To re-certify:

a) will cost you money but it’s cash well-spent. If you ask your employer nicely, it won’t cost you anything. The cost of not re-certifying is much higher. Re-certify!

b) normally one hour spent in class or reading equals one credit. By completing my eleven hour audiobook “Lab girl”, I will be eligible to claim eleven hours; a one-page book report is required.

So what does a West Coast landscape pro do to stay certified and up-to-date? Take a look at the picture for clues.

 

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Arborist News

Arborist News magazine is published bi-monthly by the ISA and every issue has one CEU article for you to complete. You can fill in your answers and mail the form in or complete it online. The ISA will automatically add the credits to your file.

The magazine also advertises various books and manuals you can complete for CEUs. Get whatever interests you or where your knowledge is the weakest. There are tons of choices.

Can-West Hort Show

This is the premier horticulture show in British Columbia. I will attend the Urban Forester’s Symposium. Five hours of lectures equals five ISA CEUs. Lunch is included. ISA sign up form will be provided. Bring your certification number.

The CNLA will also credit me with five CEUs for this symposium. Then I have two more seminars on the following day. 1.5 hours x 2= 3 CEUs for a total of 8 towards my CLT.

The best part of this event is the plant ID contest booth. No CEUs are given here but you can win a prize and outscore your friends.

Also, it’s a great event for creating new contacts and maintaining existing ones. Some people I will only see once a year at this horticulture show!

Books

As mentioned above, the CNLA will credit you for every hour spent reading green industry related books. Trees: their natural history by Peter A. Thomas was the one tree book recommended by Dr. Hope Jahren in her book “Lab girl”.I can’t think of a better way to collect CEUs.

Collecting CEUs for re-certification is not a pain. It’s a fun investment of your time and money. Stay current in your field and deliver great value to your company and clients.

 

 

Common landscape maintenance mistakes, vol. 2

By | Education, Landscape Industry, Landscaping, Tips | No Comments

To Continue with our examination of common landscape maintenance mistakes we consider volume 2. Learning from other people’s mistakes is much better than on your own. The hard way. It’s time to work like pros.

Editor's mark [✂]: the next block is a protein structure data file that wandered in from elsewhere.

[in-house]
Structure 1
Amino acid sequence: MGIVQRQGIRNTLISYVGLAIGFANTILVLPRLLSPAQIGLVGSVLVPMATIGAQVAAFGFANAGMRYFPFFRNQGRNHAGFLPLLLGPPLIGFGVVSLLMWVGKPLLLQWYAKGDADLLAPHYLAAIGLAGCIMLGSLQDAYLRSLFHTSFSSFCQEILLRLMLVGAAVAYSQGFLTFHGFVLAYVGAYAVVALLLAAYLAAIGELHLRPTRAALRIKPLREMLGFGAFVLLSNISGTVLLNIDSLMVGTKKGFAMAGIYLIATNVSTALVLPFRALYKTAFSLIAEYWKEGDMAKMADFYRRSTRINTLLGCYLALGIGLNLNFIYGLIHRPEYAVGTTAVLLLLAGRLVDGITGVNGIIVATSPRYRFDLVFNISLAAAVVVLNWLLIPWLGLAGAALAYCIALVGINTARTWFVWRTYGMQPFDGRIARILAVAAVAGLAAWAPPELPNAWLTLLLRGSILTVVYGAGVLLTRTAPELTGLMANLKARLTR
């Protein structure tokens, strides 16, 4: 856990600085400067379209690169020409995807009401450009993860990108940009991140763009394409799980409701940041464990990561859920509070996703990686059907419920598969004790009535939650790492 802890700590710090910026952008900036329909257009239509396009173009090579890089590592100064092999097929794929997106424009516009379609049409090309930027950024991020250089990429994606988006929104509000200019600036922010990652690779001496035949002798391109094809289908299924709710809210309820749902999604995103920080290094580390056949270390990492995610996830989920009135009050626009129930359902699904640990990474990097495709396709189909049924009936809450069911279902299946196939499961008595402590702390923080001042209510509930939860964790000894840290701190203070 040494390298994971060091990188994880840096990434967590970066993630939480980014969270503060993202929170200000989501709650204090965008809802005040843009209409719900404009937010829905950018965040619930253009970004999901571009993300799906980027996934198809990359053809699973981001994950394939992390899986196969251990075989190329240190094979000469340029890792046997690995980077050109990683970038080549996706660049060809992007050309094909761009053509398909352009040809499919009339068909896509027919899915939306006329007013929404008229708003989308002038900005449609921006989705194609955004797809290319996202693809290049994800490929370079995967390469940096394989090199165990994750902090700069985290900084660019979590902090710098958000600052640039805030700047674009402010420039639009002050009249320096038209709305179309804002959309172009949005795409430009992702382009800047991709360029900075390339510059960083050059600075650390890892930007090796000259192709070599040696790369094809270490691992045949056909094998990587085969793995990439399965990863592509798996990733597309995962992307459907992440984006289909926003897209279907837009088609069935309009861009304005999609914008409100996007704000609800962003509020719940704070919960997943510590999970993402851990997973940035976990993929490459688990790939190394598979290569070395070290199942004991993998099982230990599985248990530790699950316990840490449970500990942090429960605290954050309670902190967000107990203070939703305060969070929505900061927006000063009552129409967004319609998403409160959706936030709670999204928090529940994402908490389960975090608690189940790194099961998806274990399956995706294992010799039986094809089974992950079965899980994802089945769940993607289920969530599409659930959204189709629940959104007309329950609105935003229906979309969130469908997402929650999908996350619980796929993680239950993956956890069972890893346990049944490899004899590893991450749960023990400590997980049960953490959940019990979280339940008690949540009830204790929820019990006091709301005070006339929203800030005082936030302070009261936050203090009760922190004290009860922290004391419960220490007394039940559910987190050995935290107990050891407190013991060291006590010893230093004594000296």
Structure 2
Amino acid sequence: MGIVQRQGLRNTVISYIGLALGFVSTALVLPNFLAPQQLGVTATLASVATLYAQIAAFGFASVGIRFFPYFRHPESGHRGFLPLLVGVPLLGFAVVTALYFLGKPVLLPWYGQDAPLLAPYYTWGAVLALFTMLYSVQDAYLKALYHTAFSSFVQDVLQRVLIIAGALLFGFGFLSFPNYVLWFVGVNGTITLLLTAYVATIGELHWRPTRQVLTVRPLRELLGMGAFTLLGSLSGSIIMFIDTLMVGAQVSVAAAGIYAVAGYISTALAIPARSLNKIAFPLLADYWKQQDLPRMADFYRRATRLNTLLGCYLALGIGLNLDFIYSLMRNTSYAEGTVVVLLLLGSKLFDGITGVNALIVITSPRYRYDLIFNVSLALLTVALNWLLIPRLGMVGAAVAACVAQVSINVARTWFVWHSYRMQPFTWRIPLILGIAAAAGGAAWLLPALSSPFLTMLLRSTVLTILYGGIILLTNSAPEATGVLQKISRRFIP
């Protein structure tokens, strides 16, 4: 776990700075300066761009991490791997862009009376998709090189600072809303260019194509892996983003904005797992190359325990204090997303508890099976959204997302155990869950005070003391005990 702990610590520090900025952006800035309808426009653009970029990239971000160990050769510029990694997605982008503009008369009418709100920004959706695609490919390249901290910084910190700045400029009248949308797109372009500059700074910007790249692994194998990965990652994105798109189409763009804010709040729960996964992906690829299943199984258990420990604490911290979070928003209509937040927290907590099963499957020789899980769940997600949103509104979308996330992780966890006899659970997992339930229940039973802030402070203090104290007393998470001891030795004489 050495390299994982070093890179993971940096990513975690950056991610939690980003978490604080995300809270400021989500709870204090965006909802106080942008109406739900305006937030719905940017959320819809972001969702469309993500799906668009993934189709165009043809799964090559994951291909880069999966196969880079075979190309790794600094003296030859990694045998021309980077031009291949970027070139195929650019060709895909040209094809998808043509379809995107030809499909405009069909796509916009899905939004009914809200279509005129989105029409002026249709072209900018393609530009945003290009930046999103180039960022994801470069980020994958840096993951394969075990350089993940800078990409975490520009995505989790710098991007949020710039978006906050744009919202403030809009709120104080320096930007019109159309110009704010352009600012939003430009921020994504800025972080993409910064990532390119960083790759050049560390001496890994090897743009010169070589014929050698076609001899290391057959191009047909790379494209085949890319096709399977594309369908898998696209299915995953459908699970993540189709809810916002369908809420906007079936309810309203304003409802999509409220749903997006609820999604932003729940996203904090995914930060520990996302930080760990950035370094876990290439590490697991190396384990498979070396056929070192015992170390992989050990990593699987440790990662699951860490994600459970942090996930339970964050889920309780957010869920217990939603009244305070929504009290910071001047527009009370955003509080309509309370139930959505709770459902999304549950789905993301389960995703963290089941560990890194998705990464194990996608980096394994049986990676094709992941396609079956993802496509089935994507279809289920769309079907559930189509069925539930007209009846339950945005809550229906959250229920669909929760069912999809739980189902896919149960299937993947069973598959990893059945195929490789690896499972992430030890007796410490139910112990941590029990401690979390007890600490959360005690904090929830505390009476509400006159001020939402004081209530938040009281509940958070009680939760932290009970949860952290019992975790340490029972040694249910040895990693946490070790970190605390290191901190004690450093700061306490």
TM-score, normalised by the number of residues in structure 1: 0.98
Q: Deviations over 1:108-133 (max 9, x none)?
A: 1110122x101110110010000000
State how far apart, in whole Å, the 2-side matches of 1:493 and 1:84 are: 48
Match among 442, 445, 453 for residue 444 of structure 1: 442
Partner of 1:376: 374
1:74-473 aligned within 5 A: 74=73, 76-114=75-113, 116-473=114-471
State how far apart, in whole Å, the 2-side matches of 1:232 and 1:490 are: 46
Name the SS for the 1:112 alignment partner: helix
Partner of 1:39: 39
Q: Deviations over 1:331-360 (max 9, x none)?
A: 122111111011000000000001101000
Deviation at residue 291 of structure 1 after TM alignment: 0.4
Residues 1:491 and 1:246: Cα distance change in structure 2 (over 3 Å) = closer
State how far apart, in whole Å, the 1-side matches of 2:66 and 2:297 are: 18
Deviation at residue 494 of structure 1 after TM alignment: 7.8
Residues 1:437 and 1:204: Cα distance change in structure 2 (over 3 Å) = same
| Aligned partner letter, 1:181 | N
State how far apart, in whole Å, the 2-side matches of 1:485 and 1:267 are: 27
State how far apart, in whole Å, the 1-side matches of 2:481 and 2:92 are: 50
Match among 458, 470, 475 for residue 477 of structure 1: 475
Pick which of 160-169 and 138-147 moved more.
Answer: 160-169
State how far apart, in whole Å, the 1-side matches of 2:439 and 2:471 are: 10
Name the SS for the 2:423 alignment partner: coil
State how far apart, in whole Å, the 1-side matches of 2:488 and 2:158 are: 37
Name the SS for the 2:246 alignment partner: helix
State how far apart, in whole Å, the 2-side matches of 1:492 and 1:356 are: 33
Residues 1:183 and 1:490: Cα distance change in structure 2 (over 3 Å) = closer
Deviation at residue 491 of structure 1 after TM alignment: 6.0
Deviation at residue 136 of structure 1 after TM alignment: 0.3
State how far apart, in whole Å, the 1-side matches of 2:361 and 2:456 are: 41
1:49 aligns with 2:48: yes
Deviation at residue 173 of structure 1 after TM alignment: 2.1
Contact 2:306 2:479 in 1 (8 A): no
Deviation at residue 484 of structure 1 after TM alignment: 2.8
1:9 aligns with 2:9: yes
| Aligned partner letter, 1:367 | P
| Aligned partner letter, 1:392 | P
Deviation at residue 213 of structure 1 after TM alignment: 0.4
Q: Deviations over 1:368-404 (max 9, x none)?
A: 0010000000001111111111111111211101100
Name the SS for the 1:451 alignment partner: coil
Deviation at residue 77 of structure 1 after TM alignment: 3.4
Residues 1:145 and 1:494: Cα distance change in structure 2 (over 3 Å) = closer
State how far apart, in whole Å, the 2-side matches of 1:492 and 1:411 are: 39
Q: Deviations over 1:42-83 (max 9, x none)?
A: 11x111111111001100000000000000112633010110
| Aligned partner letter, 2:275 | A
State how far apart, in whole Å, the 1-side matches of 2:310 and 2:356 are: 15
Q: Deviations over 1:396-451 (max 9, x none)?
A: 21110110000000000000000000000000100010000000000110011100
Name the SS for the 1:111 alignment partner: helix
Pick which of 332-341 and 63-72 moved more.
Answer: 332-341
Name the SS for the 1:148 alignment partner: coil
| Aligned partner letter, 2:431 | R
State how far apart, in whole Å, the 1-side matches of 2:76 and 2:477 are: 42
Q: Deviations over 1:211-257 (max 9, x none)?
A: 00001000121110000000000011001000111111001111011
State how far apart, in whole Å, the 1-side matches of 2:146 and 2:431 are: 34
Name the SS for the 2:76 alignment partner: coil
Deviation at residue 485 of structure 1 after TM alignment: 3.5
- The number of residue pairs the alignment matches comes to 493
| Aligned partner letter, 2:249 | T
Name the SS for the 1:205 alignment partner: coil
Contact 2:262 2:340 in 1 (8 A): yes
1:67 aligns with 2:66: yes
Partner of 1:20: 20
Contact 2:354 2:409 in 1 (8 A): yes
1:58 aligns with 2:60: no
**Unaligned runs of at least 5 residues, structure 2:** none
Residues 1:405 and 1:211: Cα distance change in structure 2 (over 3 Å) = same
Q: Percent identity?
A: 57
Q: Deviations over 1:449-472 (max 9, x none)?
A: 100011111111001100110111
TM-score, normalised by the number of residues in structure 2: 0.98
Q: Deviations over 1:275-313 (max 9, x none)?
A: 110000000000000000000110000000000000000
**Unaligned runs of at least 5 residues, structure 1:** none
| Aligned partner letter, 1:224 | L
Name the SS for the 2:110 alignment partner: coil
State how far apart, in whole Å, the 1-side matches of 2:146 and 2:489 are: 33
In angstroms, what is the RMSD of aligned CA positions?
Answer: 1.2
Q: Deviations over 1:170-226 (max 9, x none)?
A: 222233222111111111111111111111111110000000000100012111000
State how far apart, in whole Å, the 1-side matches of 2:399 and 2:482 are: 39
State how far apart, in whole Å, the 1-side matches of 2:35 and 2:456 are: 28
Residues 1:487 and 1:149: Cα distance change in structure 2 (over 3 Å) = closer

A) Lawn hazards

Check your assigned mow areas for hazards like rocks, garbage and toys. Collisions with foreign objects can cause damage and injury. Get familiar with lawns you are about to cut for the first time. It’s time well spent.

 

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B) Don’t mow around piles

I know this is a pain. Owner-generated piles on our lawns delay our progress but it’s horrible to ignore them. Don’t mow around them. Stop the mower and tarp the piles. Then continue. The owner will be happy and the grass will thank you for it.

 

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C) No tree stubs

ISA certification is optional but good cuts are not. Never leave stubs. The tree can’t cover up the wound, the stub dies and could serve as an entry point for diseases. Look for the branch collar and make a nice cut. Don’t cut into the collar. That’s where protective cells live.

 

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wrong

 

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correct

 

D) Tree bondage

Discourage tree owners from hanging things on their trees. Wires and ropes are forgotten until it’s too late. The ropes get embedded in the tree and can’t be extracted. Two problems: 1)  girdling eventually starves the upper portion of water and nutrients and leads to death; and 2) breakage occurs at the point of constriction.

 

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A good illustration: everything above the point of constriction is dead, deprived of water and nutrients; life below the point of constriction; This tree owner loves bird feeders.

 

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Clearly there is life below the constriction point; death above it

 

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A dead Pinus contorta, strangled with arbor tie; this was clearly an attempt at staking a leaning tree

Keep these points in mind as you maintain your landscapes. Your boss and clients will thank you for it.

When landscape machines go missing.

By | Landscape Industry, Landscaping Equipment, Security | No Comments

Worst landscape day ever